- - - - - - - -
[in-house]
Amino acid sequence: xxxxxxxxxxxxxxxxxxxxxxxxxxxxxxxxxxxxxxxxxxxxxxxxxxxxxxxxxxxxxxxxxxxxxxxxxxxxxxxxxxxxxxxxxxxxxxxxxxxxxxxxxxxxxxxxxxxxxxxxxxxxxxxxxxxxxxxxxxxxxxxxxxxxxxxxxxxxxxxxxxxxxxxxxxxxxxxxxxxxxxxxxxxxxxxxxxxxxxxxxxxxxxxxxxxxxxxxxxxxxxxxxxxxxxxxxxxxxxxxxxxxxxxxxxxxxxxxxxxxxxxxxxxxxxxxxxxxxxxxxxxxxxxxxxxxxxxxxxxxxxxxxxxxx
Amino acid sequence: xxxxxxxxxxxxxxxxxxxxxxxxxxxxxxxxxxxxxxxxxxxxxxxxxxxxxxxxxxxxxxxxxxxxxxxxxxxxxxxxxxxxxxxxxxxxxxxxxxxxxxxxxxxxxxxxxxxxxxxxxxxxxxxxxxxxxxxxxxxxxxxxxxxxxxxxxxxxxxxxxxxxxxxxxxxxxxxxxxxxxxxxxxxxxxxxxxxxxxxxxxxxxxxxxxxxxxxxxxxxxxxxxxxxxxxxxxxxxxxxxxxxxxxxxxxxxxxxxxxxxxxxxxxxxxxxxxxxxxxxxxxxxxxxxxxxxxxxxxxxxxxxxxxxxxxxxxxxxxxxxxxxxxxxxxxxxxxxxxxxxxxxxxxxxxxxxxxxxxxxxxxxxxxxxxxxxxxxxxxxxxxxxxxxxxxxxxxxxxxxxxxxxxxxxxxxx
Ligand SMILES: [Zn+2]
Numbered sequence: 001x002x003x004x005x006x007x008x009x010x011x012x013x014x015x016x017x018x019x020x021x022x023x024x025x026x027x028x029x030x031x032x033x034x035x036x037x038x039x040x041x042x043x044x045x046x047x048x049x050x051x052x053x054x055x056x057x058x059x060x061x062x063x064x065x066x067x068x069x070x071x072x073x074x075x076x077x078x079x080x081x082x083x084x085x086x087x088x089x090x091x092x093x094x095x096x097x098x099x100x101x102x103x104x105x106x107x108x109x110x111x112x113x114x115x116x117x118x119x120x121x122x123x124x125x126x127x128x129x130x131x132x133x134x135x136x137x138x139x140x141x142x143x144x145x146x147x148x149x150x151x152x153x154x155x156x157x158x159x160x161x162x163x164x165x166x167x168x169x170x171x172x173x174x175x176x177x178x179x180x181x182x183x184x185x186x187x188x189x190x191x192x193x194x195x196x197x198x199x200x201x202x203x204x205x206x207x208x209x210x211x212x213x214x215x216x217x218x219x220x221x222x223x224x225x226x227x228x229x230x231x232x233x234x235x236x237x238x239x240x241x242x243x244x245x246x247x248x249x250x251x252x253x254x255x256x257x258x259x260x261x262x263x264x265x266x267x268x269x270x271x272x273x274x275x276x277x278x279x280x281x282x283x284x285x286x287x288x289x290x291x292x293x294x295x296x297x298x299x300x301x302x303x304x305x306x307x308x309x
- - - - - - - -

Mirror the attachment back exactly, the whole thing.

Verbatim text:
[in-house]
Amino acid sequence: xxxxxxxxxxxxxxxxxxxxxxxxxxxxxxxxxxxxxxxxxxxxxxxxxxxxxxxxxxxxxxxxxxxxxxxxxxxxxxxxxxxxxxxxxxxxxxxxxxxxxxxxxxxxxxxxxxxxxxxxxxxxxxxxxxxxxxxxxxxxxxxxxxxxxxxxxxxxxxxxxxxxxxxxxxxxxxxxxxxxxxxxxxxxxxxxxxxxxxxxxxxxxxxxxxxxxxxxxxxxxxxxxxxxxxxxxxxxxxxxxxxxxxxxxxxxxxxxxxxxxxxxxxxxxxxxxxxxxxxxxxxxxxxxxxxxxxxxxxxxxxxxxxxxx
Amino acid sequence: xxxxxxxxxxxxxxxxxxxxxxxxxxxxxxxxxxxxxxxxxxxxxxxxxxxxxxxxxxxxxxxxxxxxxxxxxxxxxxxxxxxxxxxxxxxxxxxxxxxxxxxxxxxxxxxxxxxxxxxxxxxxxxxxxxxxxxxxxxxxxxxxxxxxxxxxxxxxxxxxxxxxxxxxxxxxxxxxxxxxxxxxxxxxxxxxxxxxxxxxxxxxxxxxxxxxxxxxxxxxxxxxxxxxxxxxxxxxxxxxxxxxxxxxxxxxxxxxxxxxxxxxxxxxxxxxxxxxxxxxxxxxxxxxxxxxxxxxxxxxxxxxxxxxxxxxxxxxxxxxxxxxxxxxxxxxxxxxxxxxxxxxxxxxxxxxxxxxxxxxxxxxxxxxxxxxxxxxxxxxxxxxxxxxxxxxxxxxxxxxxxxxxxxxxxxxx
Ligand SMILES: [Zn+2]
Numbered sequence: 001x002x003x004x005x006x007x008x009x010x011x012x013x014x015x016x017x018x019x020x021x022x023x024x025x026x027x028x029x030x031x032x033x034x035x036x037x038x039x040x041x042x043x044x045x046x047x048x049x050x051x052x053x054x055x056x057x058x059x060x061x062x063x064x065x066x067x068x069x070x071x072x073x074x075x076x077x078x079x080x081x082x083x084x085x086x087x088x089x090x091x092x093x094x095x096x097x098x099x100x101x102x103x104x105x106x107x108x109x110x111x112x113x114x115x116x117x118x119x120x121x122x123x124x125x126x127x128x129x130x131x132x133x134x135x136x137x138x139x140x141x142x143x144x145x146x147x148x149x150x151x152x153x154x155x156x157x158x159x160x161x162x163x164x165x166x167x168x169x170x171x172x173x174x175x176x177x178x179x180x181x182x183x184x185x186x187x188x189x190x191x192x193x194x195x196x197x198x199x200x201x202x203x204x205x206x207x208x209x210x211x212x213x214x215x216x217x218x219x220x221x222x223x224x225x226x227x228x229x230x231x232x233x234x235x236x237x238x239x240x241x242x243x244x245x246x247x248x249x250x251x252x253x254x255x256x257x258x259x260x261x262x263x264x265x266x267x268x269x270x271x272x273x274x275x276x277x278x279x280x281x282x283x284x285x286x287x288x289x290x291x292x293x294x295x296x297x298x299x300x301x302x303x304x305x306x307x308x309x